John Goodman’s Commentaries
At his ill-fated press conference last week, President Biden threw out a challenge to his Republican critics. Biden said, “Think about this: What are Republicans for? What are they for? Name me one thing they’re for.” Asked what his agenda would be if Republicans regained control of Congress, Senate minority leader Mitch McConnell replied that it was “a very good question. And I’ll let you know when we take it back.”
Is that the best response the GOP can muster? What about being for no inflation, no shortages, no more lockdowns, safe neighborhoods, secure borders, energy independence and a foreign policy that doesn’t confuse our allies and embolden our enemies?
Most people are really bad at personal, financial planning. The people who make these mistakes are not just ordinary folks. They include highly educated, sophisticated people – including virtually all economists and Wall Street analysts. They almost certainly include you, the reader. So why do so many people get so many things wrong?
It’s the one thing that both the left and the right agree on: Democracy is being threatened as never before. The problem: Each side thinks the threat is coming from the other side. Evidence suggests that it is the threat from the left that should be the most worrisome, however. From using the FBI to spy on their enemies to using the IRS to release individual individual tax returns to criminalizing political differences and trying to imprison their opponents – it’s the anti-Trump forces that threaten to turn us into a banana republic.
n a short period of time, we have had some remarkable accomplishments. Here is a brief summary.
The Build Back Better proposal is a 2,466-page bill with a realistic price tag of $4.7 trillion. Although it appears to be dead on arrival in the Senate, its backers hope to revive most of it. John Goodman says there are good reasons to hope they fail.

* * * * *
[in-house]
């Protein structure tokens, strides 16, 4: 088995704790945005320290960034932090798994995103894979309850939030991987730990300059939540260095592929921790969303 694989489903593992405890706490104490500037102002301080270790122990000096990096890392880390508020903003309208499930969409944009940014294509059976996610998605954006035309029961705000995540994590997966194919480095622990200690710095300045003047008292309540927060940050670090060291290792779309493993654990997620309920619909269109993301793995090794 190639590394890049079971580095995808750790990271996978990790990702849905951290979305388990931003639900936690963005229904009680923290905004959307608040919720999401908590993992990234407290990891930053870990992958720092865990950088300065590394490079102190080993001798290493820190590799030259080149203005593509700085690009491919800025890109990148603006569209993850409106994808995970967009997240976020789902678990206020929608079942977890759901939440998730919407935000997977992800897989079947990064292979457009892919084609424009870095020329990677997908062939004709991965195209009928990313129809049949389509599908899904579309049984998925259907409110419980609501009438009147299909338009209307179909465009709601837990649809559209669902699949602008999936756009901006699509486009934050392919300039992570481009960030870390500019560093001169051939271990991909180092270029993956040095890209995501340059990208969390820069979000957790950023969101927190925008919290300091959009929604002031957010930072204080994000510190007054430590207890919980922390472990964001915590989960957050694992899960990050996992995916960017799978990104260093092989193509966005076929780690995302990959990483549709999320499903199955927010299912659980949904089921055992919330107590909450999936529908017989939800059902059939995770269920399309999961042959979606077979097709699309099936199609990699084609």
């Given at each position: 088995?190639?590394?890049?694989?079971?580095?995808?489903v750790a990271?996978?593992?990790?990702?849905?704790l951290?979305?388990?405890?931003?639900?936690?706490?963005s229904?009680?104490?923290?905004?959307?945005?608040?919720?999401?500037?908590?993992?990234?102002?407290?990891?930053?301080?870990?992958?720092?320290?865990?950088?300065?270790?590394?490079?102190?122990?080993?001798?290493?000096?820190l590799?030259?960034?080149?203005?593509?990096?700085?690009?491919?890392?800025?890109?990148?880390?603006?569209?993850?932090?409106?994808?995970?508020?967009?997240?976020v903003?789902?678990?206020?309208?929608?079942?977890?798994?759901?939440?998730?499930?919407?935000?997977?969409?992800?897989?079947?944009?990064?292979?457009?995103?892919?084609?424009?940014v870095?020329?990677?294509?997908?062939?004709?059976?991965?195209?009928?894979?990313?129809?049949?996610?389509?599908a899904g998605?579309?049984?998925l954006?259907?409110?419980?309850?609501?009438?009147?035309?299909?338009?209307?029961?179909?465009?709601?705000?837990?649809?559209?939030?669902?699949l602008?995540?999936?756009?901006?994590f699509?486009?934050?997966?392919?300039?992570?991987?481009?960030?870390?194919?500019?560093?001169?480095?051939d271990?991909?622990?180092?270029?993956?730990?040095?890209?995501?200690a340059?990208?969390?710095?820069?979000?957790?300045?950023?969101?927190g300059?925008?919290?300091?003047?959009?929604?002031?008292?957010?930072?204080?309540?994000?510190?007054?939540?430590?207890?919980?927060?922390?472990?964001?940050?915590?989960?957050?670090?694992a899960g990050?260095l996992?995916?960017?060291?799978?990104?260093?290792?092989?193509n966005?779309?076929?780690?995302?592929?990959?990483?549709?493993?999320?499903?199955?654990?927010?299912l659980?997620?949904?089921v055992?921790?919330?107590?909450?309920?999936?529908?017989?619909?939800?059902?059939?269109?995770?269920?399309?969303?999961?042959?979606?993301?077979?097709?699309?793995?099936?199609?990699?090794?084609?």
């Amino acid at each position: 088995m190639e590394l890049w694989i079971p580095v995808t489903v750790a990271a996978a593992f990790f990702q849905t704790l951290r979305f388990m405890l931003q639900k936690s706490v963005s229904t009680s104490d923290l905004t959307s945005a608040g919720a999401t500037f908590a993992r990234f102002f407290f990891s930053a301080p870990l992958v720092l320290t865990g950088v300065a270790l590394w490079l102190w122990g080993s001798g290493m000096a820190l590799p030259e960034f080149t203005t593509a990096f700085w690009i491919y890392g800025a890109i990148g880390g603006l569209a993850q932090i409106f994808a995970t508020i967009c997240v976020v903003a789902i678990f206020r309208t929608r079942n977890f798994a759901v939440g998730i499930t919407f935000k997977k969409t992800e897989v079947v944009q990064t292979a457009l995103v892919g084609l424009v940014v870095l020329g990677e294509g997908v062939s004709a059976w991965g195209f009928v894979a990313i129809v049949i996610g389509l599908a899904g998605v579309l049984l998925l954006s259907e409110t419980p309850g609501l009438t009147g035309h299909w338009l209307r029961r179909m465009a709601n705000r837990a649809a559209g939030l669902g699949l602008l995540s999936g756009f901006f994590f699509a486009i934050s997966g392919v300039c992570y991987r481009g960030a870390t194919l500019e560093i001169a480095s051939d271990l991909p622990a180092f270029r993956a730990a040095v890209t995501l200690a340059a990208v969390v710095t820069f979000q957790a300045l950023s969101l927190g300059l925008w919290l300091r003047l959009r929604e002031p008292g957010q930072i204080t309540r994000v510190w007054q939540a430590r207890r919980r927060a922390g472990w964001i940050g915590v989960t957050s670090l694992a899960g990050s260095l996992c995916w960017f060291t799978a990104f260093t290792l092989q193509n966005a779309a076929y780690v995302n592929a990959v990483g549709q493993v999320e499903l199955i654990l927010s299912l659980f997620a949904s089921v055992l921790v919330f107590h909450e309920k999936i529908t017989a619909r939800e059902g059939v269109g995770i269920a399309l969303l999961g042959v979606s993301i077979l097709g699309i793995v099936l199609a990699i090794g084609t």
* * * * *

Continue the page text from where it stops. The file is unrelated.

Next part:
One reason is drug price controls. With lower returns to new drug development, there will be fewer lifesaving drugs. University of Chicago economist Tom Philipson estimates that the resulting loss of life would be 31 times as great as Covid-19 to date.
In most places the state employee health plan is one of the largest, if not the largest, health plan in the state. So, state legislators who want to reform health care should start with the one plan over which they have a great deal of direct control.… Another reform that is long overdue is the elimination of certificate-of-need (CON) laws, which create huge regulatory obstacles to newcomers who want to open a hospital or a nursing home, a drug and alcohol rehabilitation center or even an ambulance service. Studies show that CON laws raise costs and lower quality. For that reason, 15 states have repealed all, or almost all, of them.
Human beings are by nature tribal. We are tribal because our ancestors were tribal. Our ancestors were tribal because tribalism had evolutionary survival value. Fifty thousand years ago, our ancestors lived in small communities of about 150 people. These tribes competed with other tribes for resources, and the competition was often violent and brutal. Loyalty to one’s own group and hostility to members of other groups was a valuable characteristic in tribal combat.
More preschool services mean the country has to have less of everything that’s not preschool. More homecare means less of everything that’s not homecare. More free college means less of everything that’s not college.
European countries do this sort of thing with broad-based taxes on wages and consumption. After paying taxes, people have less money to spend on other stuff. The Biden administration, however, wants to pretend that people can have a bundle of new services and keep on consuming as they did before.
The only thing that will reduce the consumption of other stuff under the BBB agenda is higher prices – what ordinary people call inflation.
Robbing Peter to pay Paul is something almost all governments routinely do. And they have been doing it for years. If you haven’t seen a good argument for it, that’s because government theft is so fully ingrained in our way of life that no one thinks a justification is needed.
Congressional Democrats are proposing to spend an enormous amount of taxpayer dollars on what the New York Times calls a “cradle to the grave” addition to U.S. social welfare. When budgeting shenanigans are ignored, the Committee for a Responsible Federal Budget estimates that the full cost is not the $3.5 trillion that has been widely advertised, but at least $5.0 trillion and possibly as much as $5.5 trillion.